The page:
We all know that probiotics are great for digestive health, but how do you know which one your gut needs? The bottle lists the various species of bacteria (or yeasts) contained within and offers a vague description of what they do, which really doesn’t give away a lot unless you know what to look for! This article is all about what to look for in a probiotic and in addition, I will dispel some common myths about how they work.
Let’s start basic. What is a probiotic?
The World Health Organisation officially defines a probiotic as “live microorganisms which when administered in adequate amounts confer a health benefit on the host” (1). Probiotics can be bacteria, such as the commonly seen Bifidobacterium or Lactobacillus species, or yeasts such as Saccharomyces boulardii. You will find probiotics in health food stores, chemists and health clinics, sold as capsules or powders, either alive or freeze dried (alive, but sleeping). Proper storage of probiotics is essential in ensuring they are still alive and healthy by the time they reach your gut, so always follow the storage instructions on the bottle and be mindful when transporting your probiotics.
How do probiotics work?
Myth number 1 – probiotics permanently make our gut their new home. It is a common misconception that we take probiotics to replace healthy bacteria that have been lost, for example, following antibiotic treatment or during times of stress. Probiotics work their magic while they are in transit through our gut and are eventually flushed with the stool (2). They may stay in there a bit longer than our food, but it isn’t forever.
Myth number 2 – all types of probiotics fight off bad bugs. Many (not all) probiotics do have the ability to compete with bad bugs and stop them from taking over, however the beneficial action of probiotics goes far beyond (3). Additional examples of how they work includes:
- Reducing inflammation in the gut
- Speeding up or slowing down the time it takes for food to travel along the digestive tract
- Reducing how sensitive our gut is to internal gas
- Repair and strengthen the gut lining
- Interacting with immune cells (think allergies as well as infections)
- Influence intestinal secretions
Why are probiotics named the way they are?
As probiotics are living organisms, they are given latin names just like all plants and animals. In order to differentiate probiotics, you need to understand the terminology around their naming. I will use an example of the probiotic bacteria Lactobacillus rhamnosus GG.
- The first word is the genus – Lactobacillus
- The second word is the species – rhamnosus
- At the end of the latin name is the strain – GG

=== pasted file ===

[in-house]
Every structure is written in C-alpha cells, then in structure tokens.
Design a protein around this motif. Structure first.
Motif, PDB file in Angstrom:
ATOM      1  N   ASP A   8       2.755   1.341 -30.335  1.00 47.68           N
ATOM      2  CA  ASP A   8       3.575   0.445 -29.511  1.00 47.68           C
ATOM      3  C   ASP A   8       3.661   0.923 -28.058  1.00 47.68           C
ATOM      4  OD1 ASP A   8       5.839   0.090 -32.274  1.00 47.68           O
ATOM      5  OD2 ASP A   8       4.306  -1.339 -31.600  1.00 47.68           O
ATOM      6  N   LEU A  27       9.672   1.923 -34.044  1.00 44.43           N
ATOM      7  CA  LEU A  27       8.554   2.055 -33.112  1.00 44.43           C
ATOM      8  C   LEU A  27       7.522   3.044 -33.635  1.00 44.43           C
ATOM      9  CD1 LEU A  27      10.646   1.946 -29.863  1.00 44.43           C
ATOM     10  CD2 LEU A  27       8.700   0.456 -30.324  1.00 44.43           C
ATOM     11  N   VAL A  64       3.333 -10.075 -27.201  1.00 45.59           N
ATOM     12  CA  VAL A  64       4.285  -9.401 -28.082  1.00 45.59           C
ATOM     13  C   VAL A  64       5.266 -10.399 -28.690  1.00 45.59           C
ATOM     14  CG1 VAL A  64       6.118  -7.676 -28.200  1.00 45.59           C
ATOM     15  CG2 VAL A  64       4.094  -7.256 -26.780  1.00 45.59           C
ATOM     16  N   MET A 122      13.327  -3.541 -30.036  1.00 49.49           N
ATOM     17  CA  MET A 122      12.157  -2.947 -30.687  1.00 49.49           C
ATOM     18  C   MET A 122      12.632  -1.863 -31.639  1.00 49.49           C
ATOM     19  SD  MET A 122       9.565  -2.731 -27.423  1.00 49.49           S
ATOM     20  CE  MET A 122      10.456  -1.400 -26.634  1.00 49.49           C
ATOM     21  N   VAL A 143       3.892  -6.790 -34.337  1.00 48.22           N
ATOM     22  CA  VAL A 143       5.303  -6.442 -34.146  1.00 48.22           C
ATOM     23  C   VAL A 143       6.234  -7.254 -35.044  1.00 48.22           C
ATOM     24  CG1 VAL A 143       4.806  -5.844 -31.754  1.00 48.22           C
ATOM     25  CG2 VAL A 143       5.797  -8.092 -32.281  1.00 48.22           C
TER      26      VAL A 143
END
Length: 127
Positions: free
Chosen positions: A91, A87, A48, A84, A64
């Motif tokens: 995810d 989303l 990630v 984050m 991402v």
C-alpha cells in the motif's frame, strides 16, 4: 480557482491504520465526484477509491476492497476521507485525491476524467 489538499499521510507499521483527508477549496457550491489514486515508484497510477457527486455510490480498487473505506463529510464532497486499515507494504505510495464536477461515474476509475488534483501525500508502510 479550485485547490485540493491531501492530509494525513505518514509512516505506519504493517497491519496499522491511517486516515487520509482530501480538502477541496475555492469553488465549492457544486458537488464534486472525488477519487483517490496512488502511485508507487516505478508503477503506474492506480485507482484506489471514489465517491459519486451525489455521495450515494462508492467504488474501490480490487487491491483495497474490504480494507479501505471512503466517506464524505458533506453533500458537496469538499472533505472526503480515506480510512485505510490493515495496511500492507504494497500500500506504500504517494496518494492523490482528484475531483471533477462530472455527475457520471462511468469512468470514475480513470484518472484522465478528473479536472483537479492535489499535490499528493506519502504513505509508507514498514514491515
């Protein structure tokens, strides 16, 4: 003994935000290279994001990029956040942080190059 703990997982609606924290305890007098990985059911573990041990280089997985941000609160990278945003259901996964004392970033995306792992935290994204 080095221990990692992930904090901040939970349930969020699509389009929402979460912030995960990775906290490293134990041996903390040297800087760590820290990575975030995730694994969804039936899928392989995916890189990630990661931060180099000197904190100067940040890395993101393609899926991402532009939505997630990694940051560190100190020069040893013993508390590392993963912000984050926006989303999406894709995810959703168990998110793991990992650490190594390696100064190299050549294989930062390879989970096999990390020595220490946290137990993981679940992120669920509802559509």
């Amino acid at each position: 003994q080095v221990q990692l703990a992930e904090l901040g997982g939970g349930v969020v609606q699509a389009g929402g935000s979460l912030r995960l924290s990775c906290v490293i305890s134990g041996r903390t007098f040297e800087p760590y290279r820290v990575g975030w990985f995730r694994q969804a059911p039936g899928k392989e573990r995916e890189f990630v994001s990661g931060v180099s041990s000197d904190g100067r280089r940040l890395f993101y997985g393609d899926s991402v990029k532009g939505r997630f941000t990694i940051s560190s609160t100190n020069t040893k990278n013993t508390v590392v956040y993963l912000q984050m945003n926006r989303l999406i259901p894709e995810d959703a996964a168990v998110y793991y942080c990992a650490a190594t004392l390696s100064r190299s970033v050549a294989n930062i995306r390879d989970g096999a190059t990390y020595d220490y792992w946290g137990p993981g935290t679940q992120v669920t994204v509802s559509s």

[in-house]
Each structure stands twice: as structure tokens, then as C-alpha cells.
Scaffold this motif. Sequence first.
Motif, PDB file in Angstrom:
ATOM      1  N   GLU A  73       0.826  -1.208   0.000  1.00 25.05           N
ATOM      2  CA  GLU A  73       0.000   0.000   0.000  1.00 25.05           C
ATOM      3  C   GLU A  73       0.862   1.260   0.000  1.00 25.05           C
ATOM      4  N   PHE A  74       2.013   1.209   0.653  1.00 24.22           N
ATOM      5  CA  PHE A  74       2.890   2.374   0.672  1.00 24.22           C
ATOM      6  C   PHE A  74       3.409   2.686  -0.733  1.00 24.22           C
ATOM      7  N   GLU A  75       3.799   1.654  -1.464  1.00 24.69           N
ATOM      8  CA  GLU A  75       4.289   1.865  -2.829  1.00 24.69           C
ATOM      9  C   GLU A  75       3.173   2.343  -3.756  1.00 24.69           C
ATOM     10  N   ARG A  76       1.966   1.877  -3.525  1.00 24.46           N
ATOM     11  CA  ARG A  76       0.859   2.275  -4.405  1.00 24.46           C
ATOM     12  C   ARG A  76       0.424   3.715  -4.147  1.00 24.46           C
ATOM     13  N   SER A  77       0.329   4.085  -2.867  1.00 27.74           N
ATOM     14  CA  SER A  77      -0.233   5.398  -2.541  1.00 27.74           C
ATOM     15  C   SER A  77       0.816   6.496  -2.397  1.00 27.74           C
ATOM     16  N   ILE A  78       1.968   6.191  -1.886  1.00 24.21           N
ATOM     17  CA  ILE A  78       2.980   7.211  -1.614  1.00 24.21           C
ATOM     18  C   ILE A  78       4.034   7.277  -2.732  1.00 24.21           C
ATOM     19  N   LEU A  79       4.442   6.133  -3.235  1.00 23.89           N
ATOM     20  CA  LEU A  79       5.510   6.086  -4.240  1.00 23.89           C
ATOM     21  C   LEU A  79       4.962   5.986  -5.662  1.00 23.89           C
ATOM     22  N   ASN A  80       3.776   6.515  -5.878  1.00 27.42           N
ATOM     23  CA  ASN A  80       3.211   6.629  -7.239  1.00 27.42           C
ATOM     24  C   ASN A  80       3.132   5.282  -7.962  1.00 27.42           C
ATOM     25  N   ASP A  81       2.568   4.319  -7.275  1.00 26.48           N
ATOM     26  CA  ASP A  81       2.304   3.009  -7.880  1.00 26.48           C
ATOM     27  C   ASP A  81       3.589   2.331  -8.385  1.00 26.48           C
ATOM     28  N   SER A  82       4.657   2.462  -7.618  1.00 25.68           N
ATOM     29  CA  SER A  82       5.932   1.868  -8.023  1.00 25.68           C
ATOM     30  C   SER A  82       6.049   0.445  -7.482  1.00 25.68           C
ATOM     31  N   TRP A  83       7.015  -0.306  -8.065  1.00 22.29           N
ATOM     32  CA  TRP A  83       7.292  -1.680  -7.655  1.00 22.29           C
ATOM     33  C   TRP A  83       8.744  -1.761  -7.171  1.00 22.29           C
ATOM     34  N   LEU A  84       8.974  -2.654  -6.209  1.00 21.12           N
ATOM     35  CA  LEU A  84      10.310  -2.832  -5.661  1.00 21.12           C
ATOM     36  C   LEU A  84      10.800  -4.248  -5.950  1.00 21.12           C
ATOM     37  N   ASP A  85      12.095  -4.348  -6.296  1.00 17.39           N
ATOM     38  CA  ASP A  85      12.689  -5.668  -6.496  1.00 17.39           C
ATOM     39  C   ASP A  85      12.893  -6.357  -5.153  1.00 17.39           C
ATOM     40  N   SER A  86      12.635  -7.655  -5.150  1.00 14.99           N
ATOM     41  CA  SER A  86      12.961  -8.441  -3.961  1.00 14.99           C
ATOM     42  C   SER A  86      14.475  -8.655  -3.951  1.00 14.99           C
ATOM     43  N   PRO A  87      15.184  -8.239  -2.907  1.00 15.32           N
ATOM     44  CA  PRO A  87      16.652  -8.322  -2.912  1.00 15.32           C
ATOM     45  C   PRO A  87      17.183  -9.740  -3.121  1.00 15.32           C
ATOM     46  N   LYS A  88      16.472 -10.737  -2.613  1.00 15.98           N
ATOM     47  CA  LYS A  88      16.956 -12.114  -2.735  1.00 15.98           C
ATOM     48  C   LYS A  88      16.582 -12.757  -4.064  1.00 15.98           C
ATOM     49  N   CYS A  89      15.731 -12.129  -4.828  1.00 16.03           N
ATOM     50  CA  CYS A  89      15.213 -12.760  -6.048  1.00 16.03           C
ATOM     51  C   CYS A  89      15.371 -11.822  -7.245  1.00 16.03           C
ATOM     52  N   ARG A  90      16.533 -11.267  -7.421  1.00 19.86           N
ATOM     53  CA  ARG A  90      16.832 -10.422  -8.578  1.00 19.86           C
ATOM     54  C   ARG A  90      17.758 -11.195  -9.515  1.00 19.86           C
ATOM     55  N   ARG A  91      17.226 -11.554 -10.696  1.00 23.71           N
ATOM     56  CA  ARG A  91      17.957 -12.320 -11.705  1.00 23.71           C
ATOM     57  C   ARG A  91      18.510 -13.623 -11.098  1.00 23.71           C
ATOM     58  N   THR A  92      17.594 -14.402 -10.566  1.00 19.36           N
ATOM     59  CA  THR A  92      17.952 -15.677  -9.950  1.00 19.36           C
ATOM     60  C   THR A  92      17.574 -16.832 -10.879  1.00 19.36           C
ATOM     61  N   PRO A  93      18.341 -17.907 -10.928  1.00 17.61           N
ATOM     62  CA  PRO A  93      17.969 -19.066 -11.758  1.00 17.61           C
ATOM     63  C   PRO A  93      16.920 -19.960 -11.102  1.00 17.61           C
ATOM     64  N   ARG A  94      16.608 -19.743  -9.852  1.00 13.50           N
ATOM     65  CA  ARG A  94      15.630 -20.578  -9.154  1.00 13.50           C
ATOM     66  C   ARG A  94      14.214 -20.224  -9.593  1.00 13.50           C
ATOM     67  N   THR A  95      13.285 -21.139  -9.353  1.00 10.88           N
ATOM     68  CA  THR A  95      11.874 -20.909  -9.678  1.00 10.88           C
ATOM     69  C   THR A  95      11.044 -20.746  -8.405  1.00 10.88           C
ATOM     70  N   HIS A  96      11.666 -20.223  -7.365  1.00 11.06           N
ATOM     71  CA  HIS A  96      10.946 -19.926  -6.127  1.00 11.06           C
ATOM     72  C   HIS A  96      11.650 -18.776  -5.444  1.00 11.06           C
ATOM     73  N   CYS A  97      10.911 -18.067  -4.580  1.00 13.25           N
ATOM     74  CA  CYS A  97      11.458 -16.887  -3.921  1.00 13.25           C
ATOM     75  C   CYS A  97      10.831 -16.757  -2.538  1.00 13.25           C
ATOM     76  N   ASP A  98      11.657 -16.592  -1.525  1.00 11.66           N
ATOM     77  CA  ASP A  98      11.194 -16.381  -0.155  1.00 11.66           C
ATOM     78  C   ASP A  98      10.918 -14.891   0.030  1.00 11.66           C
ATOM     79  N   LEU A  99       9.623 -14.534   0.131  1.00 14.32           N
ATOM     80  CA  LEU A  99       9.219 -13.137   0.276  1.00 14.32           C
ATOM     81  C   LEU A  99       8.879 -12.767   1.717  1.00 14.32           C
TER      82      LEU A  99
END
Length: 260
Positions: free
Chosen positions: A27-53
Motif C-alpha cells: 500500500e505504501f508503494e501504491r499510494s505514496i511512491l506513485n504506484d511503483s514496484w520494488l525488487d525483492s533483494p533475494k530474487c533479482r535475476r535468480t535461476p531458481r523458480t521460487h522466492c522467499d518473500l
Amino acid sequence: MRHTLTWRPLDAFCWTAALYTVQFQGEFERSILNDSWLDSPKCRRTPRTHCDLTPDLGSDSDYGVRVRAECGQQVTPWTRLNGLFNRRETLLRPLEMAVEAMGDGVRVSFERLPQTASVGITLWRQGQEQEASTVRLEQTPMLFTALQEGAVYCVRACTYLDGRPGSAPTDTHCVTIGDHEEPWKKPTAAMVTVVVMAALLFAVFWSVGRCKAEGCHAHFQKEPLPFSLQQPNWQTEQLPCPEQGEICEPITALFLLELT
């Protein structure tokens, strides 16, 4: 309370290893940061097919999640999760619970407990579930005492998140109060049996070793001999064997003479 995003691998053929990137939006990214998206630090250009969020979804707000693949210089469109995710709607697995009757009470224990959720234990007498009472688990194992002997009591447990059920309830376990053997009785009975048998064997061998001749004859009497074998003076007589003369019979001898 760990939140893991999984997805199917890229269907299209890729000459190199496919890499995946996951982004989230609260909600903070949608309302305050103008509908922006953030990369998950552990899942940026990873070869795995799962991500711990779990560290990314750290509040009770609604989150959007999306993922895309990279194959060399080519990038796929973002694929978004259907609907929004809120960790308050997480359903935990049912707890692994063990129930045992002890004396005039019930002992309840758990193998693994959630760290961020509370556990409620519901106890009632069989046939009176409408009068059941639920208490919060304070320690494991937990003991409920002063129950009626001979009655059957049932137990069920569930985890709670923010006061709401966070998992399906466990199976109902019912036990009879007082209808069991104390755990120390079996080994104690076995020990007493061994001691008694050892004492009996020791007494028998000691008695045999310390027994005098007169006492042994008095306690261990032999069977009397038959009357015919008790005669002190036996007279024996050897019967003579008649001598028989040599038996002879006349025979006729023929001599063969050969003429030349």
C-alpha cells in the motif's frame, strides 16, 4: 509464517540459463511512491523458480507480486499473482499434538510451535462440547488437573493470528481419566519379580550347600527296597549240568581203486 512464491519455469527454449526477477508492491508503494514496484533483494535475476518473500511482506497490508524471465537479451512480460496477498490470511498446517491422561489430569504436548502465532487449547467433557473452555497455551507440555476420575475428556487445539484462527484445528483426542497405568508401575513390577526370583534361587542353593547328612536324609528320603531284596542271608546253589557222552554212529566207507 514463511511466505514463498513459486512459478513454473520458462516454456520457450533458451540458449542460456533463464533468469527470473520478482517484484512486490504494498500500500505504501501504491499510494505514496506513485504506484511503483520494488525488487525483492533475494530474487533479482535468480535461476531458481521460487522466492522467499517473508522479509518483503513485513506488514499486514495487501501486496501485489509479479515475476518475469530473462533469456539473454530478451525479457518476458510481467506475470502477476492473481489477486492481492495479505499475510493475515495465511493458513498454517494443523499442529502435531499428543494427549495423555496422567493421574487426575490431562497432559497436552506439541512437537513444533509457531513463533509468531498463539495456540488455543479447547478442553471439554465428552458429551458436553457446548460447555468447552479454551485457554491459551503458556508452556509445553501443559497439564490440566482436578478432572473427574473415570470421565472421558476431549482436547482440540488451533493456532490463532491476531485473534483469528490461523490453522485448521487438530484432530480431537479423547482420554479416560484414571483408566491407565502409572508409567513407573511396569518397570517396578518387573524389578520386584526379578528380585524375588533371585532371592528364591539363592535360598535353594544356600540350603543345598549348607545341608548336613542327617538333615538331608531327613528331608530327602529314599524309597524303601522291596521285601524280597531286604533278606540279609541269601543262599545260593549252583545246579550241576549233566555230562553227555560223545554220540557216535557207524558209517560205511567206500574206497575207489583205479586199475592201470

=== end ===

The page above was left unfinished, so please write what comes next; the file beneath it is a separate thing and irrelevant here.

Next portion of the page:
The strain may be a combination of letters, numbers or both.
How important is the strain?
The strain is very important when it comes to treating a particular complaint or condition. You could compare strains of probiotic to breeds of dog – all dogs are the same species, but they come in a range of shapes, colours and designs. Likewise in probiotic species, different strains can have a different effect in our guts (1). For example, some strains of Escherichia coli cause intestinal or urinary tract infections, whereas the strain Escherichia coli Nissle 1917 is protective against infections (4).
The strain is commonly omitted from probiotic labels and left out of the discussion when talking probiotics. A good quality probiotic will always include the strain, just like a good clinical trial (a human study) will always state which strain has been tested. Unfortunately, many strains that have been studied are not yet available in Australia.
Which probiotic should I take?
If you wish to treat a specific health condition with probiotics, it is best to do your research and find some positive human studies, then use the same strain. It may be more expensive, but at least you can be sure your money is going into something that will work. There are many articles out there on probiotics, particularly in treating digestive, skin and immune issues such as IBS, traveller’s diarrhoea, inflammatory bowel conditions, asthma and eczema(5).
To give you a few examples, Lactobacillus plantarum CJLP133 can reduce the severity of eczema (6). Lactobacillus rhamnosus GG and Bifidobacterium breve Bb99 can increase the eradication rate of Helicobacter pylori, an infection that causes stomach ulcers (7). At Narayani Wellness, we use Bifidobacteria lactis HN019 to treat SIBO, just one of the probiotics that we keep in our supplement toolbox.
If you are healthy and just looking for a probiotic to support general health, my recommendation is to get stuck into some fermented foods, such as yoghurt, kimchi, sauerkraut, kefir or kombucha. Strictly speaking, fermented foods are not considered a probiotic as the exact microorganisms are typically not known, nor can they be measured. However fermented foods that have been stored correctly are considered safe and beneficial to consume as they increase overall diversity in the gut when consumed regularly, which has been linked to a lower incidence of disease (5). Fermented foods also contain compounds that help to break down your food and keep your digestion working optimally.
If you are still unsure, take the hard work out of your shopping and make an appointment with us today to help find the right probiotic for you.
By Lucy Mason, Naturopath